Optimising Renewable Energy-Driven Zero-Liquid Discharge Desalination Systems

   School of Computing, Engineering & the Built Environment

This project is no longer listed on FindAPhD.com and may not be available.

Click here to search FindAPhD.com for PhD studentship opportunities
  Dr V Onishi, Dr Nazmi Sellami  Applications accepted all year round  Self-Funded PhD Students Only

About the Project

Zero-liquid discharge (ZLD) desalination systems have recently emerged as a promising solution for dealing with water scarcity worldwide. ZLD desalination systems are high-recovery processes that allow the production of valuable freshwater and salt with (near-)zero-waste generation. Thus, ZLD desalination reduces the environmental pollution related to brine disposals in ocean or surface water bodies. Although widely recognised as a sustainable process for improving water supply sources, the implementation of ZLD desalination systems is still limited by their intensive energy consumption and high associated processing costs.

Still, since both thermal and electric power used in desalination systems are usually produced from fossil fuel energy sources, the elevated energy consumption related to ZLD systems is also responsible for significant pollutant emissions to the atmosphere. Carbon footprint and other air pollutant releases directly (e.g., thermal sources as steam) or indirectly (e.g., energy from electricity grids) associated with ZLD schemes can be mitigated by developing higher energy efficiency technologies, and incorporating renewable (e.g., solar, wind, and geothermal energy) and low-grade energy sources.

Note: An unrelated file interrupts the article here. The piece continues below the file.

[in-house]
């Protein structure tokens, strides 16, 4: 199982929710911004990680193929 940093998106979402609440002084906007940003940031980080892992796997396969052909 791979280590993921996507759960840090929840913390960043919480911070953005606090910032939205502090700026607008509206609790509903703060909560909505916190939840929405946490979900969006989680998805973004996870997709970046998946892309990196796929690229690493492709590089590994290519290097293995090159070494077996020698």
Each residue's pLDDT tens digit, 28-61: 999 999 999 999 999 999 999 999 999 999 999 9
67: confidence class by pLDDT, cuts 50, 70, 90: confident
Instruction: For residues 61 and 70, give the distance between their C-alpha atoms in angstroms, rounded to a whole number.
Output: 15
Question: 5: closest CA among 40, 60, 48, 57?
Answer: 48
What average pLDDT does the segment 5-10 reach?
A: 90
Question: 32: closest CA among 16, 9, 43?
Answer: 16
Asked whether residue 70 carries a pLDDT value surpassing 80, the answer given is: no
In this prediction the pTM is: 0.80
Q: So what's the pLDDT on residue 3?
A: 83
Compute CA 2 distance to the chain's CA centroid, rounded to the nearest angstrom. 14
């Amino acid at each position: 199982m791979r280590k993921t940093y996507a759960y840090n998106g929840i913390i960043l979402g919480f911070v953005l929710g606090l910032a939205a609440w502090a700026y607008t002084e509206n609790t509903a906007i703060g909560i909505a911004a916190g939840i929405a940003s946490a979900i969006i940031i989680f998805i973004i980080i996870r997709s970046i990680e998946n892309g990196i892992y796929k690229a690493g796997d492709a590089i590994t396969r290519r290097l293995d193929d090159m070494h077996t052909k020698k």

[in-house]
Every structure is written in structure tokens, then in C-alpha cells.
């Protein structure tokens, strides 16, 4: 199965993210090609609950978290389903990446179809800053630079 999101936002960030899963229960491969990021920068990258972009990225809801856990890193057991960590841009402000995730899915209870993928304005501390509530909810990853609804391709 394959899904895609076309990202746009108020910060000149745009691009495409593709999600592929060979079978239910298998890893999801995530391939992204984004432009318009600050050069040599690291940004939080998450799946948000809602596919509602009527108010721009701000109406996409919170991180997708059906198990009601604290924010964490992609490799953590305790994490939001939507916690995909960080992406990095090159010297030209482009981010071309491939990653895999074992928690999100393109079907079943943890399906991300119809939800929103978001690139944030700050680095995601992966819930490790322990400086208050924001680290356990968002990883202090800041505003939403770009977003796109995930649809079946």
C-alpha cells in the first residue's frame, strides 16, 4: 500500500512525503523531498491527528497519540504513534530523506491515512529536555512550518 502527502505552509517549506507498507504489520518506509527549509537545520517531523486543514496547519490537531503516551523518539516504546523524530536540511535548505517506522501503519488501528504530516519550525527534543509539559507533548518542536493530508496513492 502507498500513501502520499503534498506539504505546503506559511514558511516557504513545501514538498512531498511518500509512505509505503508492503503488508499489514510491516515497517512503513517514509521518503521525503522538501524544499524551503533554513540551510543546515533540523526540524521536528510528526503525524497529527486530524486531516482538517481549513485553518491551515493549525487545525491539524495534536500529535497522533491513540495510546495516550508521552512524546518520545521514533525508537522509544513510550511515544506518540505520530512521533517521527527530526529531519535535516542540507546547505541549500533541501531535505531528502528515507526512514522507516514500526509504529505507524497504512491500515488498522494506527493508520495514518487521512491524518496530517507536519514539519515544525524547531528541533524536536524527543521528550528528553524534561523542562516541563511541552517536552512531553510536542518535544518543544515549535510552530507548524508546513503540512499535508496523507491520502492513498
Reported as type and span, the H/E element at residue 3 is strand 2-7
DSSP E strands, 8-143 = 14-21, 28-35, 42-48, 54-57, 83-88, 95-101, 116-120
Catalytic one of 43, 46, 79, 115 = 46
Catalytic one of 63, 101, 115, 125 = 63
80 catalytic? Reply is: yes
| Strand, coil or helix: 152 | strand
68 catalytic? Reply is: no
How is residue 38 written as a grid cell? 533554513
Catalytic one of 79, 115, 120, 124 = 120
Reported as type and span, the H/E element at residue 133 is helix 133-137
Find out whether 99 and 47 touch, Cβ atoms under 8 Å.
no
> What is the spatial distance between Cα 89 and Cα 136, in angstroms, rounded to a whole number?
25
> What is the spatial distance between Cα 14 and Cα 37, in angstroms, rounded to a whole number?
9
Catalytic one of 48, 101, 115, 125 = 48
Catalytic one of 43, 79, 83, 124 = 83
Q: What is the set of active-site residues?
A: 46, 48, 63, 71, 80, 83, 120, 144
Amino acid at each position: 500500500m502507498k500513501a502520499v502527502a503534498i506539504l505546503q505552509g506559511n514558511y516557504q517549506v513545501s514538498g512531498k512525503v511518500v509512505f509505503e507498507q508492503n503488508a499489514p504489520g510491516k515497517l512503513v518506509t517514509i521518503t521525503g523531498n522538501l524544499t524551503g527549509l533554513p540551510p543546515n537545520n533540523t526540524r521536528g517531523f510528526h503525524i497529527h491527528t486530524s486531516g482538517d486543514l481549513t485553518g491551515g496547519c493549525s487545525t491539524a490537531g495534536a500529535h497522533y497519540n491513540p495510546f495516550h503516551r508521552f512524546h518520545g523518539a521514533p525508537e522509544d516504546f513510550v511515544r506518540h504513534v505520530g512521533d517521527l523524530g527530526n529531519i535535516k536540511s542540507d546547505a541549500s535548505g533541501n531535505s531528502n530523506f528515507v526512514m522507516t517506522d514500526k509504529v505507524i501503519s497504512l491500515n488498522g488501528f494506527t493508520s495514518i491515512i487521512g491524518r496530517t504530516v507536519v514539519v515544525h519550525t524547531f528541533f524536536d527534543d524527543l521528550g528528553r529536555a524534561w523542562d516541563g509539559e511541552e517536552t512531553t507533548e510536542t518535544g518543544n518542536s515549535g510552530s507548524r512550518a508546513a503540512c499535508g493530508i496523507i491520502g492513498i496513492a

Within this framework, this project is aimed at developing new systematic modelling approaches for the optimisation of renewable-based ZLD desalination systems. The optimisation models will be mainly based on mathematical programming techniques, including deterministic and/or stochastic optimisation. The main objectives include developing useful tools to support the decision-making process towards the implementation of more cost-effective and environment-friendly ZLD desalination systems.

The PhD student will be supported through periodic meetings with the supervisory team, and trained on technical relevant skills such as writing research articles for publication and presenting at international conferences.

Perspective applicants are encouraged to contact the Supervisor before submitting their applications.

Applications should make it clear the project you are applying for and the name of the supervisors.

Academic qualifications

A first degree (at least a 2.1) ideally in Mechanical Engineering or Chemical Engineering with a good fundamental knowledge of Thermodynamics and Applied Mathematics.

English language requirement

IELTS score must be at least 6.5 (with not less than 6.0 in each of the four components). Other, equivalent qualifications will be accepted. Full details of the University’s policy are available online

Essential attributes:

  • Experience of fundamental research analysis skills